I would like to thank everyone who took part in this post, for being involved in Harmony Day – Read3r’z Re-Vu style and for your amazing recommendations and links to your fantastic blogs. Having beautiful people like you as part of the Read3r’z Re-Vu network makes it such an incredible experience!!!

Wishing you all a wonderful and happy Harmony Day!!
A day to celebrate culture and bringing everyone together..
For more information on Harmony Day, visit:

Harmony Day special blog post compiled by Annie (Founder of Read3r’z Re-Vu)


Children of Blood and Bone by Tomi Adeyemi Blog Tour

They killed my mother.

They took our magic.

They tried to bury us.

Now we rise.

Zélie Adebola remembers when the soil of Orïsha hummed with magic. Burners ignited flames, Tiders beckoned waves, and Zelie’s Reaper mother summoned forth souls. But everything changed the night magic disappeared. Under the orders of a ruthless king, maji were targeted and killed, leaving Zélie without a mother and her people without hope. Now, Zélie has one chance to bring back magic and strike against the monarchy. With the help of a rogue princess, Zélie must outwit and outrun the crown prince, who is hell-bent on eradicating magic for good. Danger lurks in Orïsha, where snow leoponaires prowl and vengeful spirits wait in the waters. Yet the greatest danger may be Zélie herself as she struggles to control her powers—and her growing feelings for the enemy…

One fantastic way to start 2018, read an advanced copy of this book and it was morbidly fascinating and simply “unputdownable” A book that leaves you with goosebumps – wide eyed – gasping. For fans of Sabaa Tahir and Sarah J. Maas..


The Maji Clans
  • Iku Clan: Maji of Life and Death, called Reapers
  • Émi Clan: Maji of Mind, Spirit, and Dreams, called Connectors
  • Omi Clan: Maji of Water, called Tiders
  • Iná Clan: Maji of of Fire, called Burners
  • Afêfê Clan: Maji of Air, called Winders
  • Aiye Clan: Maji of Iron and Earth, called Grounders + Welders
  • Ina Clan: Maji of Darkness and Light, called Lighters
  • Iwosan Clan: Maji of Health and Disease, called Healer + Cancer
  • Aríran Clan: Maji of Time, called Seers
  • Eranko Clan: Maji of Animals, called Tamers
Connect with the author: Tomi Adeyemi
Follow the Hashtag: #NowWeRise #ChildrenOfBloodAndBone
It would appear with my birth month + birth date, I am part of the Ina Clan with the lighter magical power – the ability to manipulate light and darkness…
Special thanks to Pan Macmillan Publishers for having me on board as part of this Blog Tour.

Hero at the Fall by Alwyn Hamilton


Once, in the desert country of Miraji, there was a Sultan without an heir. The heir had been killed by his own brother, the treacherous Rebel Prince, who was consumed by jealousy and sought the throne for himself. Or so it was said by some. There were others who said that the Rebel Prince was not a traitor but a hero… In the final battle for the throne, Amani must fight for everything she believes in… who will triumph???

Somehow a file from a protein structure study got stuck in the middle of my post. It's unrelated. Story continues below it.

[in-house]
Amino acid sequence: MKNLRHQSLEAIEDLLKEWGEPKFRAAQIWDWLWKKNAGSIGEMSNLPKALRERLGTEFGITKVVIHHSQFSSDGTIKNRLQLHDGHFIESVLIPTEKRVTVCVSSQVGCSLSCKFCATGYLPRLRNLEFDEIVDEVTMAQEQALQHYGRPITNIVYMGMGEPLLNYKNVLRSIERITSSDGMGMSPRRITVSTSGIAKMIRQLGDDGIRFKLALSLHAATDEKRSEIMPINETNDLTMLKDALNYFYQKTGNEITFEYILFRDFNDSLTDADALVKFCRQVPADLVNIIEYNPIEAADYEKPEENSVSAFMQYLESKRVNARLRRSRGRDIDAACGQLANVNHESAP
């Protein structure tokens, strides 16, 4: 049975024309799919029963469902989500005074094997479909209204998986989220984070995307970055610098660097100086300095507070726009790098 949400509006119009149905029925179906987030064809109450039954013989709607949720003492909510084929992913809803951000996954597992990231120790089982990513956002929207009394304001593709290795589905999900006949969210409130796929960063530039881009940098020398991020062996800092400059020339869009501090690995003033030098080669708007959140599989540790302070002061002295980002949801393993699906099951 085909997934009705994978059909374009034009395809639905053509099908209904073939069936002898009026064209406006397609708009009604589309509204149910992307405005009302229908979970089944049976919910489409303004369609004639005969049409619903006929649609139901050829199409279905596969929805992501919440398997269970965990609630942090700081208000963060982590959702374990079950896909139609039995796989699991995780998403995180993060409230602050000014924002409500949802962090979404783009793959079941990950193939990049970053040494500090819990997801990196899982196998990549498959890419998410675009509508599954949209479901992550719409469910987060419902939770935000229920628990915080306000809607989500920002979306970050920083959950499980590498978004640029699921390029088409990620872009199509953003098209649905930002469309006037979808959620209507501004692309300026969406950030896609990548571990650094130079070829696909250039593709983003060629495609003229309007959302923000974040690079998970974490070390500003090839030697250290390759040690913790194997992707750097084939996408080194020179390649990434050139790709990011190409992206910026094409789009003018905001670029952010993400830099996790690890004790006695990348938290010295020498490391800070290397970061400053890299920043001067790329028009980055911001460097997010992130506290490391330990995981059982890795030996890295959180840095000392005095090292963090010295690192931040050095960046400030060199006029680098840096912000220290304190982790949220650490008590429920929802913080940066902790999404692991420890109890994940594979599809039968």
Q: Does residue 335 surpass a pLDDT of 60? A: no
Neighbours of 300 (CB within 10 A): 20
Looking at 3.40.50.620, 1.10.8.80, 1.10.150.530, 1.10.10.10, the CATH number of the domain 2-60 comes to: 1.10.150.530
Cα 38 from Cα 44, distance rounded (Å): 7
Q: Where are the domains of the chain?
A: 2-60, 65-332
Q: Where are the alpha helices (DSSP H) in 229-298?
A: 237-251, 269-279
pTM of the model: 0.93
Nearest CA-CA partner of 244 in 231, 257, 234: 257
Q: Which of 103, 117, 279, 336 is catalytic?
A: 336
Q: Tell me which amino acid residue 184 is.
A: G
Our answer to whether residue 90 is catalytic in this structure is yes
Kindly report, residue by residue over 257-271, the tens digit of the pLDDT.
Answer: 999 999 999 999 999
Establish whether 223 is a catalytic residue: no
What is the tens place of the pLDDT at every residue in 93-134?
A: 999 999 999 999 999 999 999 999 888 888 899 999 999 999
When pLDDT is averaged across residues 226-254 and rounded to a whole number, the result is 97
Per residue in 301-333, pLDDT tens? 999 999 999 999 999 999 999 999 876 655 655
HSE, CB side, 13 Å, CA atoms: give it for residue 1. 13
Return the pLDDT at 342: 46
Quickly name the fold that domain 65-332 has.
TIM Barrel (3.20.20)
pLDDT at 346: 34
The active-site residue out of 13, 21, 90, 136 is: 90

First of all.. I love Jin.. This was a great conclusion to one of my all-time favourite trilogies. Just as great as the first instalment, Rebel of the Sands and the second instalment, Traitor to the Throne this story really took me back to the desert and my love for the Arabian nights tales and stories of djinn, battle and magic. Following on from “Traitor to the Throne” it picked up nicely, even a year later, it brings back memories of the first 2 stories and I was able to immerse myself so quickly into this book. Although parts of the story slowed down to gear us up for something significant – like the final show down – it was still fast paced and there was always something happening in each chapter, parts even made me ‘wide eyed’. This final instalment, this final battle for the throne, was a stunning conclusion that gave me closure on the characters I came to care about, it tied it up so neatly we know of each character’s destinations in the end and it also answers that compelling yet dreadful question – who will survive and who will die? I am so sad this series is over, I thoroughly enjoyed all three books!!!

Hint hint, nudge nudge to the author: I would LOVE to read a Novella about Jin or Ahmad *wink*

Special thanks to Allen & Unwin publishers for sending me an Advanced Review Copy.

Unearthed by Amie Kaufman and Meagan Spooner with Exclusive Q&A

Publisher: Allen and Unwin

Unearthed book launch emceed by the amazing Garth Nix (right) as he cracks us all up with his “background research” on Meagan (left) and Amie (centre)